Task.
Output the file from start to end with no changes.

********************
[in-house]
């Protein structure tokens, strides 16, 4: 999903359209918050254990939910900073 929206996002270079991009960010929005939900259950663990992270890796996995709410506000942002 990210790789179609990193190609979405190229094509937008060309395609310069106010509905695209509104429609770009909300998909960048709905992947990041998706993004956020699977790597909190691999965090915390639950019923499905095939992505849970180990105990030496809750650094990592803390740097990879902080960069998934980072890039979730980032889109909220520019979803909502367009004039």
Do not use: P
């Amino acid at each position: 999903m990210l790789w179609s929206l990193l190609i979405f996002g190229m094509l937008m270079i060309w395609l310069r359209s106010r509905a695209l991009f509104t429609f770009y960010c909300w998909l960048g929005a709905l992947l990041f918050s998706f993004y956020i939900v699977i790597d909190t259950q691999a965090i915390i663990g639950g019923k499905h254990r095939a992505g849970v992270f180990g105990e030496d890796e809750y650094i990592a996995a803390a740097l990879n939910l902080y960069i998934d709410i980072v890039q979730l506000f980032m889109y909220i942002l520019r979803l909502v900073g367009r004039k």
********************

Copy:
[in-house]
């Protein structure tokens, strides 16, 4: 999903359209918050254990939910900073 929206996002270079991009960010929005939900259950663990992270890796996995709410506000942002 990210790789179609990193190609979405190229094509937008060309395609310069106010509905695209509104429609770009909300998909960048709905992947990041998706993004956020699977790597909190691999965090915390639950019923499905095939992505849970180990105990030496809750650094990592803390740097990879902080960069998934980072890039979730980032889109909220520019979803909502367009004039």
Do not use: P
């Amino acid at each position: 999903m990210l790789w179609s929206l990193l190609i979405f996002g190229m094509l937008m270079i060309w395609l310069r359209s106010r509905a695209l991009f509104t429609f770009y960010c909300w998909l960048g929005a709905l992947l990041f918050s998706f993004y956020i939900v699977i790597d909190t259950q691999a965090i915390i663990g639950g019923k499905h254990r095939a992505g849970v992270f180990g105990e030496d890796e809750y650094i990592a996995a803390a740097l990879n939910l902080y960069i998934d709410i980072v890039q979730l506000f980032m889109y909220i942002l520019r979803l909502v900073g367009r004039k």